The Ocean 5.8 is a centre console with a distinct wave boarder look, but there is no doubt that ocean work was in the designers mind. The bottom has a 24-deg deadrise with a planing plank modifying the buoyancy, the bow a massive flare, and there are open water quantities of freeboard.
We had the day for the hull to prove itself, and that is what it went ahead and did. We travelled at unrealistic speeds over rugged water and were presented with a superior ride and absolute dryness - other than from the odd wave that caught us out of step. The two travelling in first class had an excellent double seat with bolsters for standing, a grab rail and a good protective windscreen. Gas struts lift the seat, which is also the lid to a big icebox.
Steerage class has a folding - disappearing, really - rear lounge whose backrest makes a great smooth water seat perched up on the transom. One passenger, whose class probably depends on weather conditions, gets a throne-like chair ahead of the windscreen. This lifts electrically to reveal either storage or a slightly exposed chemical toilet.
Waveline’s intention with the 5.8 was to produce a highly versatile boat, and its wake board-water skiing looks are more or less justified. There are no tricky ballast pumps or wake making guillotines, but by all means let water into the under deck space to encourage drag. What is clearly catered for with toys to match is fishing. Rod racks within the bulwarks, bait container and tackle drawers are just some of the goodies.
The builders emphasise style whatever the sport. The compound and reverse curves and styling cues are well and subtly done, and the piece de resistance has to be the dash. It houses not a single switch or conventional dial, and yet it is all easily understandable, readable and useable.
A small touch screen handles everything that would normally need a switch. Besides this a small and a larger Garmin screens cope with every other kind of display. And there is little else ahead of the driver: wheel, ignition key, trim buttons and a pair of levers just about sum it up. Radio and stereo live in an overhead console.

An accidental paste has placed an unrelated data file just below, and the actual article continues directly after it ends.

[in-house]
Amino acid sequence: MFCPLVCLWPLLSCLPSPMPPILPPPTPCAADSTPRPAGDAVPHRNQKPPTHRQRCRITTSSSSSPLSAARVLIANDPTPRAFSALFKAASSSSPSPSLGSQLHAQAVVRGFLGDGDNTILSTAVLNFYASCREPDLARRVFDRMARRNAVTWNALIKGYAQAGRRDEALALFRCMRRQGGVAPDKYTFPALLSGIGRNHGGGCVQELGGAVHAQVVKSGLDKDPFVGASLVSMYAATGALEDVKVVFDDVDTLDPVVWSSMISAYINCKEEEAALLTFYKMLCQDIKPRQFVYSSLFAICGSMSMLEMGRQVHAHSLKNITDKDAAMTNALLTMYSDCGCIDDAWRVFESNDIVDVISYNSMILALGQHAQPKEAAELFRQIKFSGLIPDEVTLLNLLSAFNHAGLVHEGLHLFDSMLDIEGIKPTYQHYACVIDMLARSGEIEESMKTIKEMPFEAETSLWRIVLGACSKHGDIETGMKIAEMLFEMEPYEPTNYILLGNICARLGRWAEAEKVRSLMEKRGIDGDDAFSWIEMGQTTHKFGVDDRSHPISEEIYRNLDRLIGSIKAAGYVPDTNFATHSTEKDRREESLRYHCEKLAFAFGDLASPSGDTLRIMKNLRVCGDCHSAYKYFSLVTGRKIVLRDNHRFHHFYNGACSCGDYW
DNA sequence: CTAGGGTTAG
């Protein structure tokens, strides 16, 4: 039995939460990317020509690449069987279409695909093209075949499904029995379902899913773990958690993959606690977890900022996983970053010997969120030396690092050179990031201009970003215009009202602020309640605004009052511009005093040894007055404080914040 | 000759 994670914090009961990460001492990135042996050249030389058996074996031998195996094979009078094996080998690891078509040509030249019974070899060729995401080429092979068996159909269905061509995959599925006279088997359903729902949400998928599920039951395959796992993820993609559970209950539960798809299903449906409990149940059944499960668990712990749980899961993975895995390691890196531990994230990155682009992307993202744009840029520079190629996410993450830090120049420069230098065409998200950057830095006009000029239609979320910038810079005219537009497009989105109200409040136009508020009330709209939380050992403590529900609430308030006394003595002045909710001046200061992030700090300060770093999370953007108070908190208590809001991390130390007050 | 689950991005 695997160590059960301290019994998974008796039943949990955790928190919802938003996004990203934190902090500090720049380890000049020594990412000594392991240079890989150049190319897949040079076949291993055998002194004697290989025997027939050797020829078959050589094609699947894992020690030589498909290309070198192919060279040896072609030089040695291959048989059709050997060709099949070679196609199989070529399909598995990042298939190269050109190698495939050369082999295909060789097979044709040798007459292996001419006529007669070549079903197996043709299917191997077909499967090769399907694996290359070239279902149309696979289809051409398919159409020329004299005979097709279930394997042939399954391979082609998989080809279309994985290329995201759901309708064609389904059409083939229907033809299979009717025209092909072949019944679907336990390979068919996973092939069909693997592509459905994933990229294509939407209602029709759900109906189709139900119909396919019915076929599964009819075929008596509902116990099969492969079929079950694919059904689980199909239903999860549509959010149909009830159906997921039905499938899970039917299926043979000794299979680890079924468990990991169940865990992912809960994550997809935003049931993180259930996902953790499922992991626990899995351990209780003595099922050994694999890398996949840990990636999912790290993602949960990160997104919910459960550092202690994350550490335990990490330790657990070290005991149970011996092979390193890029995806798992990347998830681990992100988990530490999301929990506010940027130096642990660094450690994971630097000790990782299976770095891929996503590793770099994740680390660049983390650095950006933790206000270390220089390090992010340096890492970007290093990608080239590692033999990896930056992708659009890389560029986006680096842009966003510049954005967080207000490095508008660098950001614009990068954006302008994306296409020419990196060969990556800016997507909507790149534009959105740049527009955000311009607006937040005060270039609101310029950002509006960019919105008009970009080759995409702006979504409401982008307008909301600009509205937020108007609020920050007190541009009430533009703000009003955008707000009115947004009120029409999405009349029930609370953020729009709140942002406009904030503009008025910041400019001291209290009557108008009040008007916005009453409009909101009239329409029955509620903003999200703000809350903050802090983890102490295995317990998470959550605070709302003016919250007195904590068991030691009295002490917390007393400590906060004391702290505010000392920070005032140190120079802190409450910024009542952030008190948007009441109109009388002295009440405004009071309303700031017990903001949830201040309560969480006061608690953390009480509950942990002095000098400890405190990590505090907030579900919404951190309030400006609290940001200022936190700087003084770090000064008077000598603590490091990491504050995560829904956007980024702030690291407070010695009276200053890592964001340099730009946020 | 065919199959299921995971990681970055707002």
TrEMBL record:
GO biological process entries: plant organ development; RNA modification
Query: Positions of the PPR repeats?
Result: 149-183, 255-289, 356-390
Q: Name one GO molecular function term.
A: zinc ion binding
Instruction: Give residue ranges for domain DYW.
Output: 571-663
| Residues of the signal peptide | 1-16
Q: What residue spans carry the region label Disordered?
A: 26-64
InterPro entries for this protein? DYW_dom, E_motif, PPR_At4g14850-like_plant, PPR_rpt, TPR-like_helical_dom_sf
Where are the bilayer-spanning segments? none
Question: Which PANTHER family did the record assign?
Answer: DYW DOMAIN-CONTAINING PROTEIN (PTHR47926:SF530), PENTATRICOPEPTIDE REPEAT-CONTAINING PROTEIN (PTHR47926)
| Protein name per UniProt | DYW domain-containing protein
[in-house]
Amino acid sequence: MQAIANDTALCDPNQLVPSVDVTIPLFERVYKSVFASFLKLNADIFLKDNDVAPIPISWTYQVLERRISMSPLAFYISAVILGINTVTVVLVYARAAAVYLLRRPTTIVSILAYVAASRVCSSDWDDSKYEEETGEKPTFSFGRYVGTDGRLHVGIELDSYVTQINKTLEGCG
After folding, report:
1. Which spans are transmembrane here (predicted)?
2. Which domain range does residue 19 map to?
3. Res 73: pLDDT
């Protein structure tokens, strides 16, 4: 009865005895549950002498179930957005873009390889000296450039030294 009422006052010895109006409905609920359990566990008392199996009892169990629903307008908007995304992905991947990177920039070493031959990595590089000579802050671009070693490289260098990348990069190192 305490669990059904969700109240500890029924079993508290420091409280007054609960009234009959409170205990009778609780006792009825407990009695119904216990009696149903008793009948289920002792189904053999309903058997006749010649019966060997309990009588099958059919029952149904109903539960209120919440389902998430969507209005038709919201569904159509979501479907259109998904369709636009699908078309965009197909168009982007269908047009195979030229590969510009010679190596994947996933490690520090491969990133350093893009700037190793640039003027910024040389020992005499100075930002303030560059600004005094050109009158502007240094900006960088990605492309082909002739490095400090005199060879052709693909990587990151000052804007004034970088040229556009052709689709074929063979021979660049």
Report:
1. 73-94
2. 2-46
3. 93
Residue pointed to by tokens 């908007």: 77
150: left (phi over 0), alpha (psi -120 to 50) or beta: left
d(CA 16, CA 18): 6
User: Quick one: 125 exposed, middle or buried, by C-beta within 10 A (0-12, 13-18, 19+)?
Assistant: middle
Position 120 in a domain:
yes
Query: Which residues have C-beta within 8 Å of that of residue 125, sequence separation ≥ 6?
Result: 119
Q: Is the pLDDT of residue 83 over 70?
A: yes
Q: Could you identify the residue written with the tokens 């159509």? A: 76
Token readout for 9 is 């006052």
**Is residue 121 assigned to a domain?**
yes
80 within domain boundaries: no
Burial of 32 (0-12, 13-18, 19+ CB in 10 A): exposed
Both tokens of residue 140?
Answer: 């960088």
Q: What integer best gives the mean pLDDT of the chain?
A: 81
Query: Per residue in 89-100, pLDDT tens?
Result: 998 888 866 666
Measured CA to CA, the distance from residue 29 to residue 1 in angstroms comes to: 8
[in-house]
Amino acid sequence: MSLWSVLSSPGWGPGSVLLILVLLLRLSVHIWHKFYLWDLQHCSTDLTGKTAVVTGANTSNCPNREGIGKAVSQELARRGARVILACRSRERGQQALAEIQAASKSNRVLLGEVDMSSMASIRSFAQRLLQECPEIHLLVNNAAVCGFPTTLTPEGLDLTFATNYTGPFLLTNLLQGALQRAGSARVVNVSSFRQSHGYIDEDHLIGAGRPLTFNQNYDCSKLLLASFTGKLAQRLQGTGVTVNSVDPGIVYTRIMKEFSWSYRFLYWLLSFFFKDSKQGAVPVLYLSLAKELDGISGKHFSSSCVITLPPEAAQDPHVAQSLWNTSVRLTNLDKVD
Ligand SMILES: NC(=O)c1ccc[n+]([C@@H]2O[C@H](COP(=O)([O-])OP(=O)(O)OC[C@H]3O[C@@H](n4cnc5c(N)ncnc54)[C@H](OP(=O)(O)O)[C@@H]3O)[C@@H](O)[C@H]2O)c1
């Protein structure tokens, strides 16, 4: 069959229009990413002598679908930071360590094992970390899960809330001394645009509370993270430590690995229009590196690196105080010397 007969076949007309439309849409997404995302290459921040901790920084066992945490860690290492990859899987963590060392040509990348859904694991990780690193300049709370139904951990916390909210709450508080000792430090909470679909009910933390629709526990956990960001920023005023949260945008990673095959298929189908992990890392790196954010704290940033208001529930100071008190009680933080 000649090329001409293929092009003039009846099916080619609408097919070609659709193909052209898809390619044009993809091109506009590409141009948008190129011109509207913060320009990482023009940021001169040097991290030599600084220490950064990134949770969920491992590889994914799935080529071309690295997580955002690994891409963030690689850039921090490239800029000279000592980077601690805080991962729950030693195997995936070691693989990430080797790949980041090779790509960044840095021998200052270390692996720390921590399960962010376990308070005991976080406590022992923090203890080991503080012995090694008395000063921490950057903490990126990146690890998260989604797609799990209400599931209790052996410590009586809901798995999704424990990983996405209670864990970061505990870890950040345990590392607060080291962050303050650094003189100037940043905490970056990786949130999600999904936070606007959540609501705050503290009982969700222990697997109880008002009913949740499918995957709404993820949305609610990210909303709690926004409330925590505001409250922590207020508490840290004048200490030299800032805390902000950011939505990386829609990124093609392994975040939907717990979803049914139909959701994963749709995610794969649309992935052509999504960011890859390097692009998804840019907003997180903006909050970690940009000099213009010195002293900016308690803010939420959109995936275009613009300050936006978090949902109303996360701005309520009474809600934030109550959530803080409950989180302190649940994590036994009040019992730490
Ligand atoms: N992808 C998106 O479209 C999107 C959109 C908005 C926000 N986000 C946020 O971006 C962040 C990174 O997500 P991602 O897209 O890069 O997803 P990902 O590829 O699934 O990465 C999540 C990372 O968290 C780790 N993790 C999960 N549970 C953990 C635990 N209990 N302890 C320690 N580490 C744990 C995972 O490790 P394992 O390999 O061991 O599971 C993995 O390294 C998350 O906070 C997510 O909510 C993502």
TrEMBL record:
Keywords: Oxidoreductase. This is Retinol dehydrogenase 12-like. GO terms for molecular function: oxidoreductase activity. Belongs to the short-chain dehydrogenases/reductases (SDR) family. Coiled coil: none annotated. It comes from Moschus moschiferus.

Twin or single lever controls are a personal preference, but twins have a lot to be said for them. The main advantage in my view is the impossibility of accidentally ripping into reverse when pulling back the throttle, which the new electronic controls make easier to do.
Practically everything that could be exclusive to Waveline is. Minor hardware such as fuel and water filler caps and hideaway cleats is either imported from Europe or engraved with the Waveline logo. There are six of those cleats; a pair amidships is always useful, a fact ignored by most trailer boat builders. Luxury touches include floor lighting – in fact lighting everywhere – plenty of 12V sockets and monster speakers for the Fusion stereo.
This is the most thoroughly documented trailer boat I have been on. It came complete with the surveyor’s stability report and the detailed results of sea trials with its 150hp Suzuki. These revealed a top speed of 41 knots and a most economic speed of 22 knots; this will give you 178 miles from the 150L tank.
This boat deserves to be a winner for its builders. All the style in the world, superbly finished and yet very practical. All for a surprisingly modest $79,990 on a Dunbier trailer.
Price as reviewed $79,990
Hull length 5.89m
Fuel capacity 150L
Motor fitted 150hp Suzuki four-stroke
Towing weight 1,370kg